Posted Nov 18 2010 6:39PM
SAN FRANCISCO -- Chris Cohan officially put the Warriors up for sale in March, and offers charged in. Offers charged in with such an immediate flurry, in fact, that some veterans of the league office who had been through several previous franchise transactions couldn't hide the delight at the interest for the perennial lottery team.
But, then, it was never about the basketball. Financial goliath Larry Ellison wasn't attracted by the roster, Magic Johnson wasn't lured into the bidding as a potential minority owner from another group by the trade possibilities, and Joe Lacob and Peter Guber didn't make the winning bid of $450 million, the most ever for an NBA franchise, because general manager Larry Riley had big plans for reconstruction.
The pursuit of the Warriors included some of the biggest names in sports and industry despite years of losing because the suitors viewed this as a market with tremendous growth potential. It certainly already had an indestructible fan base, the way Golden State finished 11th in attendance in a time of economic crisis last season while going 26-56. It had the important corporate structure of many companies with a worldwide reach. And, it had San Francisco.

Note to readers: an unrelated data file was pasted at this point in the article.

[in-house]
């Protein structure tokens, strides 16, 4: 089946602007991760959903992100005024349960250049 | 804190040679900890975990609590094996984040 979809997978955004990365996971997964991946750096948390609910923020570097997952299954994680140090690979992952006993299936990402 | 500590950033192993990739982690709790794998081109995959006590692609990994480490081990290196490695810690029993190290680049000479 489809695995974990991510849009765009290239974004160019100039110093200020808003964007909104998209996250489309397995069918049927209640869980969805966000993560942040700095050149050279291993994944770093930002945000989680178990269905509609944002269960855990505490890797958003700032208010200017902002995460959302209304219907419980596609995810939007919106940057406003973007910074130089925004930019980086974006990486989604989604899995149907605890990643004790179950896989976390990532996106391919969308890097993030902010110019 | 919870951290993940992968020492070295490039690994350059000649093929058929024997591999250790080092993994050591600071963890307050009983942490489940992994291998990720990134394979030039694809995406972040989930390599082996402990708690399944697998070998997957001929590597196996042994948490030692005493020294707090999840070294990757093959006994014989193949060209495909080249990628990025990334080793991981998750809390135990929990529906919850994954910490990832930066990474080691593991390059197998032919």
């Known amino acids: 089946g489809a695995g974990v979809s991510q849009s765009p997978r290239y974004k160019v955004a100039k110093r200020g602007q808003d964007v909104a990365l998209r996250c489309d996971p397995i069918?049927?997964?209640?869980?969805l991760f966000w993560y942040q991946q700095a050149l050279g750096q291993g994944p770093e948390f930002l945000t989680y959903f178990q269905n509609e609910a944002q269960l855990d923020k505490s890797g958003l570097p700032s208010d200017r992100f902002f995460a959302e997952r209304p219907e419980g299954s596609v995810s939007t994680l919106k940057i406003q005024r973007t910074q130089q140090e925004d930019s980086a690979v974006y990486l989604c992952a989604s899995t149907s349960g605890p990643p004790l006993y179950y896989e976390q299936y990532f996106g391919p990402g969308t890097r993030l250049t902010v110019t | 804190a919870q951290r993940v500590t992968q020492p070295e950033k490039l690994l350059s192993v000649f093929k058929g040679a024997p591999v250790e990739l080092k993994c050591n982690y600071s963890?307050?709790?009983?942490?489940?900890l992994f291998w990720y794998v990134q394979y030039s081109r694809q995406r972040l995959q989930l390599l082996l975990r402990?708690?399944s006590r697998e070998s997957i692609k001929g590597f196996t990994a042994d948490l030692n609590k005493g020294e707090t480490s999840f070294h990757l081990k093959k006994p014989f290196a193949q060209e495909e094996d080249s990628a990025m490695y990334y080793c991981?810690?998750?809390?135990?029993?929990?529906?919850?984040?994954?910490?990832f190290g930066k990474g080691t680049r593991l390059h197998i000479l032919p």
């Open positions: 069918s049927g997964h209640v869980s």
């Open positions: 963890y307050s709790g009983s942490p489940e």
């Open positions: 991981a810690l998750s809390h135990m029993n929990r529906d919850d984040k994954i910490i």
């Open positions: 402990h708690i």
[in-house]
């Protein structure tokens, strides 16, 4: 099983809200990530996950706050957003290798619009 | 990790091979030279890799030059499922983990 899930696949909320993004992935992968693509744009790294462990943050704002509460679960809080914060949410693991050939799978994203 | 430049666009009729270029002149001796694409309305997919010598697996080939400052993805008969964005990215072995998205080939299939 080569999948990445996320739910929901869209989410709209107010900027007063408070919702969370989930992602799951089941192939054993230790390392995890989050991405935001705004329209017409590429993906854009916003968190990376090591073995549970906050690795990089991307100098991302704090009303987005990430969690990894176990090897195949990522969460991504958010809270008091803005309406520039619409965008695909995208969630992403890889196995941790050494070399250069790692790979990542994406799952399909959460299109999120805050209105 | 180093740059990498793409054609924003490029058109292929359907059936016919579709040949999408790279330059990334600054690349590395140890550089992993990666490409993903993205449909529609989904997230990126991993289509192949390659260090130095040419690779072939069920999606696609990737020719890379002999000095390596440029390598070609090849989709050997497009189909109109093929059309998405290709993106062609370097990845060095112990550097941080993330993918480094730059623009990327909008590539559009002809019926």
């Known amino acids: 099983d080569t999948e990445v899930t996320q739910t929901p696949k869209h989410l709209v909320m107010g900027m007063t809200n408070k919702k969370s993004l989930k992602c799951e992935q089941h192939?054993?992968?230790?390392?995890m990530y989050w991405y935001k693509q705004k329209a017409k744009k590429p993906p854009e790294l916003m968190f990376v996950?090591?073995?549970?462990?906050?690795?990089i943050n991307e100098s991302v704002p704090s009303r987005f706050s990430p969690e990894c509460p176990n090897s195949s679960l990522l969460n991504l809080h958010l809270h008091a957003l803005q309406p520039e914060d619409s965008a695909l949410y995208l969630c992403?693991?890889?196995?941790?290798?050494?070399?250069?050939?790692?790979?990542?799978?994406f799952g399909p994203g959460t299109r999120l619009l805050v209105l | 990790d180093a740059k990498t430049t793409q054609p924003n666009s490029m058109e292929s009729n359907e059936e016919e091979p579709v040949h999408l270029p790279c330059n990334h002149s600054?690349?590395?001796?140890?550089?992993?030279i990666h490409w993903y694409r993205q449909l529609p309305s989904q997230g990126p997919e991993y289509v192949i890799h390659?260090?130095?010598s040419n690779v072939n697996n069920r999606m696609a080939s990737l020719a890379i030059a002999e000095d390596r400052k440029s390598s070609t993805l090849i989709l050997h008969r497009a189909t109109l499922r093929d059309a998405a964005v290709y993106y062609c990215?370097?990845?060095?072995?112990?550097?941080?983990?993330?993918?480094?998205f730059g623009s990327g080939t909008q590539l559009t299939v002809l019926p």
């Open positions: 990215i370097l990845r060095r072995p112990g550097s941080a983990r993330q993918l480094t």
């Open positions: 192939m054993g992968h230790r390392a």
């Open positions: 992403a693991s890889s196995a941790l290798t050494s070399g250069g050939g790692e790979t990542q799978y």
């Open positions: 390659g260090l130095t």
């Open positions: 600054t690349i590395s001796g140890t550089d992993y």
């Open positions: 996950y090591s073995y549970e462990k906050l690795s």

Interviews with several people involved in the process revealed that The City was at the very least a consideration in bids and, for some, a significant part of the decision to chase a team that piles up losses and is part of the pack in the distance behind the 49ers and Giants as the top sports attraction in a crowded sports field. More specifically, the possibility of a new arena in San Francisco held enough of an appeal that at least three groups are known to have considered the short move as they weighed an offer to Chris Cohan.
That was enough common interest from successful businesspeople to signal the chance for a very lucrative return and turn what otherwise would have been a local issue into the stuff of league-wide dynamics.